Takeaways and booze – charity reveals the shocking ‘treats’ fuelling the UK’s pet obesity crisis
PDSA warns of pet obesity crisis fuelled by bad diets
A combination of snacks, scraps, takeaway leftovers and even booze continues to fuel an obesity crisis among our pets, according to leading vet charity, PDSA.
With new data showing that a staggering 5.5 million* cats, dogs and rabbits in the UK are being fed treats every day, the charity’s vets are warning owners that they could be drastically shortening their pet’s life expectancy.
Owners have admitted to indulging their pets by giving them fatty, sugary, and in some cases dangerous, foods. These include cake, chocolate, biscuits, crisps, chips, takeaway and even alcohol.
To help fight the flab PDSA is today launching its annual Pet Fit Club competition and is inviting owners of overweight and obese pets to take part in the UK’s biggest and most successful pet slimming competition.
- On top of all these unhealthy treats, over 4 million pets (2.6 million dogs, 1.4 million cats and 12,000 rabbits) are fed table scraps or leftovers as their main meals**.
- These diet disasters are taking their toll, according to PDSA, with a third of dogs and a quarter of cats now classed as overweight or obese***.
- Vet professionals predict that the problem will continue to grow – with 80% believing there will be more overweight pets than healthy ones by 2019****.
- Sadly, many overweight pets develop potentially life-threatening conditions such as heart disease, cancer and diabetes, as well as debilitating conditions including arthritis as a direct result of being overweight.
“Pet obesity can be tackled, and through a diet and exercise programme like Pet Fit Club we can transform fat pets into fit pets,” said PDSA Vet Vicki Larkham-Jones.
“Nearly half of pet owners believe that obesity is the biggest threat to animal welfare in the next ten years – yet pets continue to be fed unsuitable diets which is fuelling the problem.
“As well as being high in calories, food like takeaways, cake, cheese, chips and crisps are high in fat and sugars which are bad for our pets’ waistlines and teeth. Some owners even admitted to giving chocolate and even alcohol, both of which are poisonous to pets and can be fatal.
“The good news is that we can make a real difference, starting now. With the right food and regular exercise, it is easy to keep pets fit and healthy. Over the past 11 years, PDSA Pet Fit Club has helped transform the lives of some of the UK’s most obese pets. Through the competition we have helped over 100 animals lose more than 63 stone and encouraged thousands more owners to make positive changes to their pet’s lifestyle. Once again we are inviting owners with overweight pets to enter.”
About Pet Fit Club
Pet Fit Club is a six-month diet and exercise programme, tailored and overseen by expert PDSA vets and nurses. The charity will select up to 12 overweight dogs, cats and rabbits from across the UK to participate.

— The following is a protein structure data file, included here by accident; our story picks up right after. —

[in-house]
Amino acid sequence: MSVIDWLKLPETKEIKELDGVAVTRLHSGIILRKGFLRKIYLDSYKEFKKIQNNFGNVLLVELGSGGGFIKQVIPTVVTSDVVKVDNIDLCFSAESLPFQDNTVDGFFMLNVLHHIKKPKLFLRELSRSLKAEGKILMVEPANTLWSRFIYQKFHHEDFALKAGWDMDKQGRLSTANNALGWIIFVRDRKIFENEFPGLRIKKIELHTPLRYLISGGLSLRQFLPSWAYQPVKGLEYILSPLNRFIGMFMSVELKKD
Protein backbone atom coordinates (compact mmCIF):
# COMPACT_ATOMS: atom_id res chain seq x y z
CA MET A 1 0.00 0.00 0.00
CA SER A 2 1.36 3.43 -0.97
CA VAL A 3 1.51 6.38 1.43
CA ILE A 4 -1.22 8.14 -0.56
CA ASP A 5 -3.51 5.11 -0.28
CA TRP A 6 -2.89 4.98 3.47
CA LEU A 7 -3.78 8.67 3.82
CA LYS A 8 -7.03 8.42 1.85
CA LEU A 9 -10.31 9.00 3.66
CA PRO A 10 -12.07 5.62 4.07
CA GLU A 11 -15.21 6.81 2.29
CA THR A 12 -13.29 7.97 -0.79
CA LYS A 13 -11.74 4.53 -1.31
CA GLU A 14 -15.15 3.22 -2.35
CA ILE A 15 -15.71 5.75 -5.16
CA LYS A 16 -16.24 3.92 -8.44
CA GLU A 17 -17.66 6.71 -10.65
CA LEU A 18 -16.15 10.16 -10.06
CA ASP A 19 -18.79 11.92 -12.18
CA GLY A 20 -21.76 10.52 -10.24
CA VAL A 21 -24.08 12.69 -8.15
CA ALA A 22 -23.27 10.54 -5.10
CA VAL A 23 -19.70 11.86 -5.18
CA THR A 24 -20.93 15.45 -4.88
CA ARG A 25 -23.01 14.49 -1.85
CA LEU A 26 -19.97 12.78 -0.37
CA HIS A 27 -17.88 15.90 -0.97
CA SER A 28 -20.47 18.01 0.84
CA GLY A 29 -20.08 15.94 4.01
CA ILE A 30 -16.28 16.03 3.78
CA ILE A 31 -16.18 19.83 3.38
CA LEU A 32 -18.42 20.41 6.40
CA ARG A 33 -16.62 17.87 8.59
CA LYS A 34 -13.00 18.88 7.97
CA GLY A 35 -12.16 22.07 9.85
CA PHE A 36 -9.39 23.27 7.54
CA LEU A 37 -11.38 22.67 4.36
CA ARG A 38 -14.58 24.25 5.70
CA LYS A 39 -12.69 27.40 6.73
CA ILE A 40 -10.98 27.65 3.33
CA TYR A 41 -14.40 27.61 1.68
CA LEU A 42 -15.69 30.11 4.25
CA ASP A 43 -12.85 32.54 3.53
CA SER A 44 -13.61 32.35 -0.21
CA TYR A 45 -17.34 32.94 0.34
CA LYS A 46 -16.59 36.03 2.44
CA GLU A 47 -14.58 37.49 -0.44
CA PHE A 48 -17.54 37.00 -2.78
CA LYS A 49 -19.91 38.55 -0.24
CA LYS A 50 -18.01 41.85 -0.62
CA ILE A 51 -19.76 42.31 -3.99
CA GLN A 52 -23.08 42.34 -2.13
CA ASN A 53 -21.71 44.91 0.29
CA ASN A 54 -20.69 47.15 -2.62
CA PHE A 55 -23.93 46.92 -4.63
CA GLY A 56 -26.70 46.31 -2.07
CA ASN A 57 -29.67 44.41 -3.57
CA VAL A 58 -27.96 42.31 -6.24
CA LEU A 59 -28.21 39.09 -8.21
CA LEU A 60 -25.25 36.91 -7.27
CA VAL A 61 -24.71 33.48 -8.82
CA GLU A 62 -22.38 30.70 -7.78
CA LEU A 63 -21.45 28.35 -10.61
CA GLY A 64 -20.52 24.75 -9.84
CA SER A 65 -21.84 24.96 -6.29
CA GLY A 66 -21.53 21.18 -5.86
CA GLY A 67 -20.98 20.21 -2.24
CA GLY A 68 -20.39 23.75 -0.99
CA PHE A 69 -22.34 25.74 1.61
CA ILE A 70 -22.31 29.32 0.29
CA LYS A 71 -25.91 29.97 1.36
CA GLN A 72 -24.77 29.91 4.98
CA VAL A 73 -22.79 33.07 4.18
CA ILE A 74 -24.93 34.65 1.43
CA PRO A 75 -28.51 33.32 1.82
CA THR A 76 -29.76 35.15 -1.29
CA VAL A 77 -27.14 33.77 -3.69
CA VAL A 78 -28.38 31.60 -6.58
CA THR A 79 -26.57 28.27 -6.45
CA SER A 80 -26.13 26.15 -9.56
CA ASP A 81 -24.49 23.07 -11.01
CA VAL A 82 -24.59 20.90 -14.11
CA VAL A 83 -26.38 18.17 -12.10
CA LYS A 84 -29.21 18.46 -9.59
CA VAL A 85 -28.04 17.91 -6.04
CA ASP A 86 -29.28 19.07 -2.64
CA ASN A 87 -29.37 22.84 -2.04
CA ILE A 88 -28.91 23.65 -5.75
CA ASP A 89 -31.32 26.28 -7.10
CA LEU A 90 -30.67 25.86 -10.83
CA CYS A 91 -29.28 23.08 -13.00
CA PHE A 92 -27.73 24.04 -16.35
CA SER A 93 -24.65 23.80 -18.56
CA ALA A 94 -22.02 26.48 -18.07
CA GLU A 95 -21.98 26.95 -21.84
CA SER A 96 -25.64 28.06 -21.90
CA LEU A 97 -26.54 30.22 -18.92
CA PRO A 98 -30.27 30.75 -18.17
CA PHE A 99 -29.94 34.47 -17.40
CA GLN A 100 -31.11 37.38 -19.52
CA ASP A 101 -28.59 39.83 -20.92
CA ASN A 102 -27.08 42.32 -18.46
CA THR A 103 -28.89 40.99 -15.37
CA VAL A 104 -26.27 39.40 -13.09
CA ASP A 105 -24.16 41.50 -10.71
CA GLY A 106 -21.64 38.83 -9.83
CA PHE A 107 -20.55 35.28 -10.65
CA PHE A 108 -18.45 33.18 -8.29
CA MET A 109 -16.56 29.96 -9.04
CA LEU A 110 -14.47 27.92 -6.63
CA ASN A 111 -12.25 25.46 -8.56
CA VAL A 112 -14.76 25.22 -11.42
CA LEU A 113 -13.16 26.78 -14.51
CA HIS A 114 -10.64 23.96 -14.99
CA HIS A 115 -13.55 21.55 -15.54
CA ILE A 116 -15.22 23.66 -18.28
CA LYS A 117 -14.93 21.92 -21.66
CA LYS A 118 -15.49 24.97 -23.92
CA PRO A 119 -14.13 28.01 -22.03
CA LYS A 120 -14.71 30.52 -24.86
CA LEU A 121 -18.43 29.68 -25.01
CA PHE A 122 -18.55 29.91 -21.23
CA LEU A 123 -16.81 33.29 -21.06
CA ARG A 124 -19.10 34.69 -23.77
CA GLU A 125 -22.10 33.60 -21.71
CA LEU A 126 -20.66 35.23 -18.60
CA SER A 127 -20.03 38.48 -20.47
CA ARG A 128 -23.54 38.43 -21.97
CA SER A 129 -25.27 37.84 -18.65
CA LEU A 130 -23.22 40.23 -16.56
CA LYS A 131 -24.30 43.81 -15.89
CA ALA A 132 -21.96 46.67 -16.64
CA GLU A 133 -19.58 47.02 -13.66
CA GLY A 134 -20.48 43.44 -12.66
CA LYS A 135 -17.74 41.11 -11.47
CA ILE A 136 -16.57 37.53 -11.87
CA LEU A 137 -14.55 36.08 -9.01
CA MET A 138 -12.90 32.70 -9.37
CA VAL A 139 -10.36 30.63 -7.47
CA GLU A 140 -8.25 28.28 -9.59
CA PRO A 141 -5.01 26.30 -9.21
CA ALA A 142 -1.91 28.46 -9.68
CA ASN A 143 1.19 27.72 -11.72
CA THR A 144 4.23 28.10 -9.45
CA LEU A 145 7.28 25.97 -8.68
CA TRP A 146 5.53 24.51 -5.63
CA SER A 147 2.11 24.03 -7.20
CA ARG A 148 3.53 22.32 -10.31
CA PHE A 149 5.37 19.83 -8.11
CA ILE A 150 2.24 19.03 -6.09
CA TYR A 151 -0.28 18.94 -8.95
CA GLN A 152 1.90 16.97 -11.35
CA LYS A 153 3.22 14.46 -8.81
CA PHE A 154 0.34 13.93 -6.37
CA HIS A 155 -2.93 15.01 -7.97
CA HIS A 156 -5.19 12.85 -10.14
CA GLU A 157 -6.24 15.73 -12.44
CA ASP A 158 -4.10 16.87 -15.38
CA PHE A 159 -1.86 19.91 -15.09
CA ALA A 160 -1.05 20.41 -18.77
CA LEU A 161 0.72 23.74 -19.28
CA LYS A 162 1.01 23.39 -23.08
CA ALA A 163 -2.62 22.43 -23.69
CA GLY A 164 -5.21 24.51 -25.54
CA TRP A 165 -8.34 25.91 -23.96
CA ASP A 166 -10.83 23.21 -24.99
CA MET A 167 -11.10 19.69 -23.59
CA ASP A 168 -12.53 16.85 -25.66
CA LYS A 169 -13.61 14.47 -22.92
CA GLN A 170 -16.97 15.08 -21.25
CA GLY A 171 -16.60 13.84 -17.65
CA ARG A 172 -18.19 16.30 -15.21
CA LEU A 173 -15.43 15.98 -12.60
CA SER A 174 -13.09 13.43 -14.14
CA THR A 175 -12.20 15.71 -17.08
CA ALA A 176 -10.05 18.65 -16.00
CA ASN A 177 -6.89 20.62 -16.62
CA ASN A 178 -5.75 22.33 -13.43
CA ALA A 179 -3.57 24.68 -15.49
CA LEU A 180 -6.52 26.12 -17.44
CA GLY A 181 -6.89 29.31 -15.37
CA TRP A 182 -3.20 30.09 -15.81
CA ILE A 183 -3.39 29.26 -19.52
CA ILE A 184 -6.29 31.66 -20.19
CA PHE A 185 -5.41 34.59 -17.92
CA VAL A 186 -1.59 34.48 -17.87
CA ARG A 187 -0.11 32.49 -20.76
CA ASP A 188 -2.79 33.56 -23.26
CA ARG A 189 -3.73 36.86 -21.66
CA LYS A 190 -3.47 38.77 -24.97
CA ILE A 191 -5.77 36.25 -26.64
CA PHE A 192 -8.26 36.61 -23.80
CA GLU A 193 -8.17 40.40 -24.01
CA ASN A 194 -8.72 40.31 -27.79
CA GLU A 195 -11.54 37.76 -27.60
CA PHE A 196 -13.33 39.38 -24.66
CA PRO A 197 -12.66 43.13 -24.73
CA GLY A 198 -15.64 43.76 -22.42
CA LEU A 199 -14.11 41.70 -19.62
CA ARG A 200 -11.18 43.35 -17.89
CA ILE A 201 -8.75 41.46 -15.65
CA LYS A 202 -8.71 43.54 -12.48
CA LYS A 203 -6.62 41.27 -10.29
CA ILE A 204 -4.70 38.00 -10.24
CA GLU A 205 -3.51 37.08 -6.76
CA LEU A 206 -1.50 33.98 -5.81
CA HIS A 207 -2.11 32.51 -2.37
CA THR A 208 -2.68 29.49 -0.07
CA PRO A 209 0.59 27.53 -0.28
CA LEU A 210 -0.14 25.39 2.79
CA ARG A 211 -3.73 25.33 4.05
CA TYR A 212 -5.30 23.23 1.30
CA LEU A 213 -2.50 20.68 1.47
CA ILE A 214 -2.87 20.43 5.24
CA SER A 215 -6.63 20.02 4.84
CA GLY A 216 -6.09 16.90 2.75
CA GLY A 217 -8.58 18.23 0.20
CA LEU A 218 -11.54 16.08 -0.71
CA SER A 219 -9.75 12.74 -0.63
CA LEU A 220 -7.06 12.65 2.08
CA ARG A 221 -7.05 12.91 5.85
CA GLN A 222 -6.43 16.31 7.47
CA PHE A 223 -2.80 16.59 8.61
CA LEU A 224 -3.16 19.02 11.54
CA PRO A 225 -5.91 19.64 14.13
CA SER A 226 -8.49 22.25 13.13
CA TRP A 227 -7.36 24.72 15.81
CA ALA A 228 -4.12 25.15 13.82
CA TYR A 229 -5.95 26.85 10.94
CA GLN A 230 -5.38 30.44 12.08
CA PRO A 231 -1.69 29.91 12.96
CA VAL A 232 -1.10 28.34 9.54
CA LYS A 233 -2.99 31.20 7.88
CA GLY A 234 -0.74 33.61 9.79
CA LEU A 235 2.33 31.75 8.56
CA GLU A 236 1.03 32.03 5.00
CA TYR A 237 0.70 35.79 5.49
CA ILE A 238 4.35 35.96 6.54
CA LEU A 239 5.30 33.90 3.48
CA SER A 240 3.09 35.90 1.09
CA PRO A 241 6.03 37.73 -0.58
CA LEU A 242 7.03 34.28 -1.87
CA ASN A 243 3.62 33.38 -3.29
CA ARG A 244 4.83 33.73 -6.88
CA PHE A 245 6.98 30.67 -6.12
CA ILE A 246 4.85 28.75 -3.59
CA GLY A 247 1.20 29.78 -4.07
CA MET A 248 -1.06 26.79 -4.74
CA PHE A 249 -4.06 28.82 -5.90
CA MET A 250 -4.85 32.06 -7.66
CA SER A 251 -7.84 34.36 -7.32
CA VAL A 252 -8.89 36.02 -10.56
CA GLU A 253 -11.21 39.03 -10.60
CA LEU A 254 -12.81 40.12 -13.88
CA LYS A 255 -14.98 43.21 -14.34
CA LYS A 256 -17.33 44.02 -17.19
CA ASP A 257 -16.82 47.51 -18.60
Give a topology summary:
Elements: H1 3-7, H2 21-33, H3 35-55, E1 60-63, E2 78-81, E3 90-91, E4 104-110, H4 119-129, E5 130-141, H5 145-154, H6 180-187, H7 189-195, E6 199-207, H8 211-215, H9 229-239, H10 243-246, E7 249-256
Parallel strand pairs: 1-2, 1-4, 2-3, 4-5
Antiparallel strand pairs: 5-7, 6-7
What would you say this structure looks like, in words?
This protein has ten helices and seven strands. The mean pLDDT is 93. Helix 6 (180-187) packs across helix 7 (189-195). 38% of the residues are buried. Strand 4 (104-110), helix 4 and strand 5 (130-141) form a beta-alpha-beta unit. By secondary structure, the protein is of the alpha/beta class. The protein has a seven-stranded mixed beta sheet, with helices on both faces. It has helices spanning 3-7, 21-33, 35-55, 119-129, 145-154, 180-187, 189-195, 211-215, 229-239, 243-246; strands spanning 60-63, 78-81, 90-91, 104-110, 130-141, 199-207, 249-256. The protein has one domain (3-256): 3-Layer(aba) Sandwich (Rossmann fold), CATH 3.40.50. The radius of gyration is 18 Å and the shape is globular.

Owners can enter their pets at www.pdsa.org.uk/petfitclub. Entry forms are also available from PDSA Pet Hospitals, Shops and Pet Hut superstores nationwide. The deadline for entries is Sunday, 6 March, 2015.
PDSA Pet Fit Club was launched in 2005 and has already helped 74 dogs, 32 cats and 6 rabbits lose a total 63 stone 11lb - equivalent to over 400 bags of sugar, 6,500 tins of tuna, 7,000 sausages or four heavyweight boxers.
Pet obesity – The facts
Pet treats – The facts
- Over 5.5 million pets - more than 3.3 million dogs, 2 million cats and 168,000 rabbits - are given daily treats*
- Over 4 million UK pets (dogs, cats and rabbits) are fed scraps as their main meal**
- Nearly 9 million owners give their pets treats because they believe it makes their furry friend feel happy*****
- 88% of owners believe overweight pets have a shorter lifespan
- 60% of owners think overweight pets are less happy
The number of pets fed unsuitable foods is fuelling the obesity crisis. High in sugar and fat, treats are bad for their teeth as well as their waistlines. Some of the treats owners admitting giving, including chocolate and alcohol are poisonous and can prove fatal:
Pet Fit Club participants will receive free diet pet food for the duration of the competition, courtesy of Dechra. The overall Pet Fit Club Champ, who will be crowned at the end of 2016, will win a year’s free diet food and a pet friendly holiday courtesy of www.cottages.com.
Based on estimated populations of 9.3 million dogs, 11.1 million cats and 1.2 million rabbits:
*36% of dogs, 18% of cats and 14% of rabbits receive treats on a daily basis. (9,300,000 x 36/100 = 3,348,000; 11,100,000 X 18/100 = 1,998,000; 1,200,000 X14/100 = 168,000)
**28% of dogs, 13% of cats and 1% of rabbits are fed table scraps or leftovers as part their main meal.
*** Data sourced from PDSA’s nationwide PetCheck tour
**** The survey was carried out face-to face to a sample of 1,127 veterinary professionals, including vets, vet nurses, veterinary care assistants, and vet and veterinary nursing students. Figures are not weighted. In addition, a survey was carried out online through an open link. Fieldwork was undertaken between 18 September and 10 October 2014. Total sample size was 572 veterinary professionals.
80% of veterinary professionals believe there will be more overweight pets than healthy weight pets in the five years’ time.
*****39% of dogs, 43% of cats and 36% of rabbit owners surveyed give their pets treats because they believe it makes them feel happy.